On an unhealthy or broken network, quality of service (QoS) is a rudder on a sinking boat -- it fixes nothing and...
cannot resolve degradation issues. On a healthy, well-provisioned network, QoS is not needed -- all applications receive sufficient resources to perform properly. So when and why would you ever use it?
Quality of service is a lot like politics -- it only becomes important when resources are scarce and demand is high. And in such cases, it has become increasingly typical to engineer a solution that puts certain services at a premium by devaluing others. And, typically, the premium user pays through the nose. Make no mistake - this kind of solution is hardly aimed at functional optimization. Rather, it is all about economics.
Consider that most (if not all) QoS mechanisms effectively limit bandwidth (or more properly, data transfer capacity). They do not ever increase it, certainly. They limit how much cross-traffic certain applications see -- at the expense of other applications. And those so-called premium applications will only ever see the network path as it might have appeared without QoS and no other traffic. This is a zero-sum game wherein anything gained for one application is lost elsewhere for others.
If you take this perspective properly, and start to see QoS for what it is, you will recognize the value in the "scavenger" approach developed by Internet2. QoS is appropriately defined as a "reduced priority" service mechanism that reduces access to resources for those applications that do not need them. Thus, instead of attempting to elevate special classes of service, it depresses non-essential ones. Using the differentiated service code point (DSCP) in the IP header, packets can be tagged as lowered priority, moving them out of the way of the rest of the traffic.
This is naturally what QoS does anyway. It just makes sense.
Further, it instantly solves one of the toughest problems facing QoS – end-to-end robustness. The scavenger approach can be applied opportunistically and there is no penalty for any system that doesn't support it. Instead, network segments can opportunistically subscribe to this mechanism. And thus the overall network can be improved on an incremental basis.
It's amazing how changing your perspective can suddenly make the notion of QoS functional.
Alas -- this is not likely to bring about cheers and joyous rioting in the network industry. As the current political debate about "network neutrality" attests, the point of networks is not optimal functionality but rather optimal profits. Businesses, many of them struggling to redefine themselves in a rapidly changing world, are looking for ways to attach dollars to bytes. And that is exactly where the current approach to QoS receives its support.
QoS provides a means for making money. Premium services come with a premium cost. And, given its nature, QoS can only be offered at the expense of regular services. QoS, in that view, can really only do two things -- degrade overall network performance and cost the user more money.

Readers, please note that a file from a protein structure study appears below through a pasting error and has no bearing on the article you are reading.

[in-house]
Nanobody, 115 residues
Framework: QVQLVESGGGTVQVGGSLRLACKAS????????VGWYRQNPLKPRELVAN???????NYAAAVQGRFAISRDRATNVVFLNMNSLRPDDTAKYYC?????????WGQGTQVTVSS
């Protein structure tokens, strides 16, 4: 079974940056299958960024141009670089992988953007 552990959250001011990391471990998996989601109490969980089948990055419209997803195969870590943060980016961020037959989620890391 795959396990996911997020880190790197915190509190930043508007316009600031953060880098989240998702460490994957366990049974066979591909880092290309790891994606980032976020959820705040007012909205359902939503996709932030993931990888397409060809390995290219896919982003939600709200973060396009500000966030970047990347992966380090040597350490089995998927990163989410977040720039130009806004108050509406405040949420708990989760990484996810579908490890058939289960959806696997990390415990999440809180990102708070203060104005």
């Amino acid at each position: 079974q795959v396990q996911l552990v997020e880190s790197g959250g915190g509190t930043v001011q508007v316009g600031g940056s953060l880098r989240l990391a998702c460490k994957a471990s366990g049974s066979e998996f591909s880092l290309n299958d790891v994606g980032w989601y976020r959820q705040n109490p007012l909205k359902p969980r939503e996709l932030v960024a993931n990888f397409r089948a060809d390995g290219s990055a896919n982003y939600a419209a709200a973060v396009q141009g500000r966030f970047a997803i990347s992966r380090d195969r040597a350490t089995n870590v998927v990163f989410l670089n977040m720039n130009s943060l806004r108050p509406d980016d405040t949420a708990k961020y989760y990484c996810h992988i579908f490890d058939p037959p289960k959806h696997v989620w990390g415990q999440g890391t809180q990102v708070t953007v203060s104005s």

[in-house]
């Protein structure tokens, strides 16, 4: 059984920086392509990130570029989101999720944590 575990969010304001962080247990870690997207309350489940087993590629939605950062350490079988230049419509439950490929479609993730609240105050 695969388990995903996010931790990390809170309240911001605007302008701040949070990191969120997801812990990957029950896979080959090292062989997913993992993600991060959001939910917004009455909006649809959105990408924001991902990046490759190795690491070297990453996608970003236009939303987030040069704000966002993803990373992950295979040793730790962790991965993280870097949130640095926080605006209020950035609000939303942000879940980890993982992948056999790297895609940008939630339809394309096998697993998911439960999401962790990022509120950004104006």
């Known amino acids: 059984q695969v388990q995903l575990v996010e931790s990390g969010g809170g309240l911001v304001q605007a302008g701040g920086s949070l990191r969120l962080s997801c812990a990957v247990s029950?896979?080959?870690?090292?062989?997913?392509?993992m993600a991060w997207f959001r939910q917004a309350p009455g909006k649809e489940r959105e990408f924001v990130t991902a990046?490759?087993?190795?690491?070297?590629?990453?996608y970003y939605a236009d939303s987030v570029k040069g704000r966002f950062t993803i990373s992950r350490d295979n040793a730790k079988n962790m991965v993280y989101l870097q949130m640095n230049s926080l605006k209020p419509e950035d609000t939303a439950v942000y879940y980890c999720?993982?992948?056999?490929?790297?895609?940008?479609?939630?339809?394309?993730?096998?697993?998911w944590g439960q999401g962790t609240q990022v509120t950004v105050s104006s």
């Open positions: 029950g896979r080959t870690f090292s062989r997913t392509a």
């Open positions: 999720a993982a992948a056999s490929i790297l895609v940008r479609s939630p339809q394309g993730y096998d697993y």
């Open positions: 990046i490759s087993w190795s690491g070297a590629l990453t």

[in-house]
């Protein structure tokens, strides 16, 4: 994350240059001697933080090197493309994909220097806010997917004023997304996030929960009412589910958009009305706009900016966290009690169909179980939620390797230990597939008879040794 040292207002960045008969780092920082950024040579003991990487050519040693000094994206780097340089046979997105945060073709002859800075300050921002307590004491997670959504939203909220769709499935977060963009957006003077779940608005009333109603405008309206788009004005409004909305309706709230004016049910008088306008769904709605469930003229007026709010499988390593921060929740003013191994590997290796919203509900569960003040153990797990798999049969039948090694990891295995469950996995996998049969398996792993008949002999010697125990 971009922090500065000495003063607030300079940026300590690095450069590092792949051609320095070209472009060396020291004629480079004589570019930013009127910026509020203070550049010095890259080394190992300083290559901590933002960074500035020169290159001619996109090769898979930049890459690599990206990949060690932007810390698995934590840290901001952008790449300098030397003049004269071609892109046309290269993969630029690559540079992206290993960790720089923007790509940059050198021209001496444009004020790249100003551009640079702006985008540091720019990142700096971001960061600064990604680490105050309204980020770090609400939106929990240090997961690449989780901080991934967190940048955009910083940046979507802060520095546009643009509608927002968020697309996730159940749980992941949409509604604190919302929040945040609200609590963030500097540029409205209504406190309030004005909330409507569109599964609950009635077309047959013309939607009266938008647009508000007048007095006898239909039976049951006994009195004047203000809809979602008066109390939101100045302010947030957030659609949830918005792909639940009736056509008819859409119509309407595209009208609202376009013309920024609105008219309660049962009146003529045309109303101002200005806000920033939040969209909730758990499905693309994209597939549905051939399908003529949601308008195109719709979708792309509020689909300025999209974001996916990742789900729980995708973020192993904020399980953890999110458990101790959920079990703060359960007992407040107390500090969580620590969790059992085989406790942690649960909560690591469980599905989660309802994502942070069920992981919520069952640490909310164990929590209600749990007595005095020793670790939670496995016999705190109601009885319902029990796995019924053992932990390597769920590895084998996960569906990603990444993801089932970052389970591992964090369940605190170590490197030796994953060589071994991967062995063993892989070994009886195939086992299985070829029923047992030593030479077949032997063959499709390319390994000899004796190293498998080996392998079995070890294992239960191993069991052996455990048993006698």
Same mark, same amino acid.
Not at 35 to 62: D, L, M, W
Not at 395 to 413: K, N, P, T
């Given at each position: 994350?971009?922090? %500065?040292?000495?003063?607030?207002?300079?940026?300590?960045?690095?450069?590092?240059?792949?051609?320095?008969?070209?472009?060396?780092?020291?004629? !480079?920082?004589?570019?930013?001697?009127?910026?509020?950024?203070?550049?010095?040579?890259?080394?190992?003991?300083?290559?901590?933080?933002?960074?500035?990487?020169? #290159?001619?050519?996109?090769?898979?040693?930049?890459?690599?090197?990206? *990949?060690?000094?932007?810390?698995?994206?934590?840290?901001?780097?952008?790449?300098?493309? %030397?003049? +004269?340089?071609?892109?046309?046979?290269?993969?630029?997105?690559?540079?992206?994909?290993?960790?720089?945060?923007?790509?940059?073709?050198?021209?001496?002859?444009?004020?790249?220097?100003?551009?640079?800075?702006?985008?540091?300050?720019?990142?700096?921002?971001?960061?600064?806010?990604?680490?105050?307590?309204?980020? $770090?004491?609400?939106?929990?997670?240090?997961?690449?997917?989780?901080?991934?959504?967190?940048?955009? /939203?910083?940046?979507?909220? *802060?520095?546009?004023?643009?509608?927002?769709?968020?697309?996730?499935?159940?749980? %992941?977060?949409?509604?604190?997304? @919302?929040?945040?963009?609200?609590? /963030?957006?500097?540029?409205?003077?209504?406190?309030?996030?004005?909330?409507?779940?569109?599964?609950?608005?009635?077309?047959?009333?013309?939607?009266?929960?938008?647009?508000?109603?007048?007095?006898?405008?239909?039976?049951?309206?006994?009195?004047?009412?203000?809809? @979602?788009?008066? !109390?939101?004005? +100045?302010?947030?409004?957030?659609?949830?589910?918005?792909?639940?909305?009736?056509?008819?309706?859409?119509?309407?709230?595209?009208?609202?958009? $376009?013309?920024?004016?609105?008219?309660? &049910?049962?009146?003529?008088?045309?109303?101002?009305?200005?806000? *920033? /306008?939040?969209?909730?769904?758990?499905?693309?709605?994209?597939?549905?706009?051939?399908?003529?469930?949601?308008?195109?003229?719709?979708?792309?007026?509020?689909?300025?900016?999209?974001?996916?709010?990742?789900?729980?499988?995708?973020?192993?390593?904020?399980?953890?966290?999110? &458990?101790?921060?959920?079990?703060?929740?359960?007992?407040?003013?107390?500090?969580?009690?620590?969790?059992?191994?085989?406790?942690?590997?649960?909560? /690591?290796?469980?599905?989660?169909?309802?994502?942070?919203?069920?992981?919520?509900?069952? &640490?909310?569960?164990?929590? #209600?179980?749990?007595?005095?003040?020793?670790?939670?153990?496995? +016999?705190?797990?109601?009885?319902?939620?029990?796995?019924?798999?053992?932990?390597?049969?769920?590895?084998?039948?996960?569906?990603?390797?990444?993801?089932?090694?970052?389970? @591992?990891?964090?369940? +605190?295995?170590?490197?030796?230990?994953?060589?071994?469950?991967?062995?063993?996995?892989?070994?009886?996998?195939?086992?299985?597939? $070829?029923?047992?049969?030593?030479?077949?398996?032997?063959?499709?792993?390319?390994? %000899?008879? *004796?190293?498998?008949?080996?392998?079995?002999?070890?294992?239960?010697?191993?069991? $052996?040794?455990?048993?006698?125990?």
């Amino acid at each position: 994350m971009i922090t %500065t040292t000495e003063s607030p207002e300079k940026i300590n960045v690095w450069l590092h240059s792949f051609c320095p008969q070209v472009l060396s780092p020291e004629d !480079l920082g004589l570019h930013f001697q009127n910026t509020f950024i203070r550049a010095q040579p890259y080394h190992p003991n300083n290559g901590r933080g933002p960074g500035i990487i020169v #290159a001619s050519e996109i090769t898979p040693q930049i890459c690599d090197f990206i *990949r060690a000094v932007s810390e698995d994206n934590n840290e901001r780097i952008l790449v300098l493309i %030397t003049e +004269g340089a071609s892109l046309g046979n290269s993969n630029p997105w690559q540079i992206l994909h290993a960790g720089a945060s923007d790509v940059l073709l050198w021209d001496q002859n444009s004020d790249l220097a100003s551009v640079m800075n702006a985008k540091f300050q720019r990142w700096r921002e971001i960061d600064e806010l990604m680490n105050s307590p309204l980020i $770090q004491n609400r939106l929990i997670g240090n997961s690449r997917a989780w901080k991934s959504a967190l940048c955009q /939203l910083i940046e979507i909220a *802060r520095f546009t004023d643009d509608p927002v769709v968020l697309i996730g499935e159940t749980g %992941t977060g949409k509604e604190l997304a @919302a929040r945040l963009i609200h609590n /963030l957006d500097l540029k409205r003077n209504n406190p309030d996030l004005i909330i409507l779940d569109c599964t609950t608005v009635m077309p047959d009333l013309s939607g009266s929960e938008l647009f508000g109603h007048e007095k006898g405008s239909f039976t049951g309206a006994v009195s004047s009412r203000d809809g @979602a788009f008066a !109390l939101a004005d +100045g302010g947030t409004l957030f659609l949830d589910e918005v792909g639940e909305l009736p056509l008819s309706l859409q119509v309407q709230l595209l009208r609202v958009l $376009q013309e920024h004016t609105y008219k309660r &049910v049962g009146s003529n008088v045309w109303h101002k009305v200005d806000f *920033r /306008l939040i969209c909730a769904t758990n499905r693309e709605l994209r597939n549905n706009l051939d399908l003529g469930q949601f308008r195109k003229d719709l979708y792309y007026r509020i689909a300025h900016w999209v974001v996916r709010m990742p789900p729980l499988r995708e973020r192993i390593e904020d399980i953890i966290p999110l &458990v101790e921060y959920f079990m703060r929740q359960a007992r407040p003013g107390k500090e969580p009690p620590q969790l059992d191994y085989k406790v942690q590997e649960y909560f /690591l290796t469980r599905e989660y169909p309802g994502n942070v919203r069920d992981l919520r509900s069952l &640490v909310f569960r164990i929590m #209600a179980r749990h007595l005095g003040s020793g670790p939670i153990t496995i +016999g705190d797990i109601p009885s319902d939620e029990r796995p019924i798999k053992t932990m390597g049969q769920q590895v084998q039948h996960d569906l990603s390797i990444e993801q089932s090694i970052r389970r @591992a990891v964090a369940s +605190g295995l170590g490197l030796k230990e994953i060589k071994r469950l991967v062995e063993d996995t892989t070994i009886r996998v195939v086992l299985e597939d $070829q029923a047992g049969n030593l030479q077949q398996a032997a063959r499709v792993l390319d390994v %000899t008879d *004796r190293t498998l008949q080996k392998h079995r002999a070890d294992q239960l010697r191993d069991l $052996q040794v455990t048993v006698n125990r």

Here, "overall network performance" means the effective use of the totality of the network resources with respect to the total work output. Efficiency, in other words. And reduced efficiency results in most cases where QoS is deployed.
This really matters where resources are critically scarce and specific applications must be guaranteed a certain level of performance. VoIP immediately comes to mind. But note the key phrase "where resources are critically scarce." The first and best option to alleviate the scarcity is to add bandwidth (but make sure you do it on a healthy network – see Bandwidth scam). In an increasingly optical world, even to the residence, there is declining need to think in terms of QoS. Opening the bandwidth floodgates is rapidly becoming a simpler and more reliable means.
Only when increasing bandwidth is not an option, technically or economically, should you turn to QoS for help. Even then, it won't be easy or trivially reliable, and it will inevitably cost you elsewhere.
About the author: Chief Scientist for Apparent Networks, Loki Jorgenson, PhD, has been active in computation, physics and mathematics, scientific visualization, and simulation for over 18 years. Trained in computational physics at Queen's and McGill universities, he has published in areas as diverse as philosophy, graphics, educational technologies, statistical mechanics, logic and number theory. Also, he acts as Adjunct Professor of Mathematics at Simon Fraser University where he co-founded the Center for Experimental and Constructive Mathematics (CECM). He has headed research in numerous academic projects from high-performance computing to digital publishing, working closely with private sector partners and government. At Apparent Networks Inc., Jorgenson leads network research in high performance, wireless, VoIP and other application performance, typically through practical collaboration with academic organizations and other thought leaders such as BCnet, Texas A&M, CANARIE, and Internet2. www.apparentnetworks.com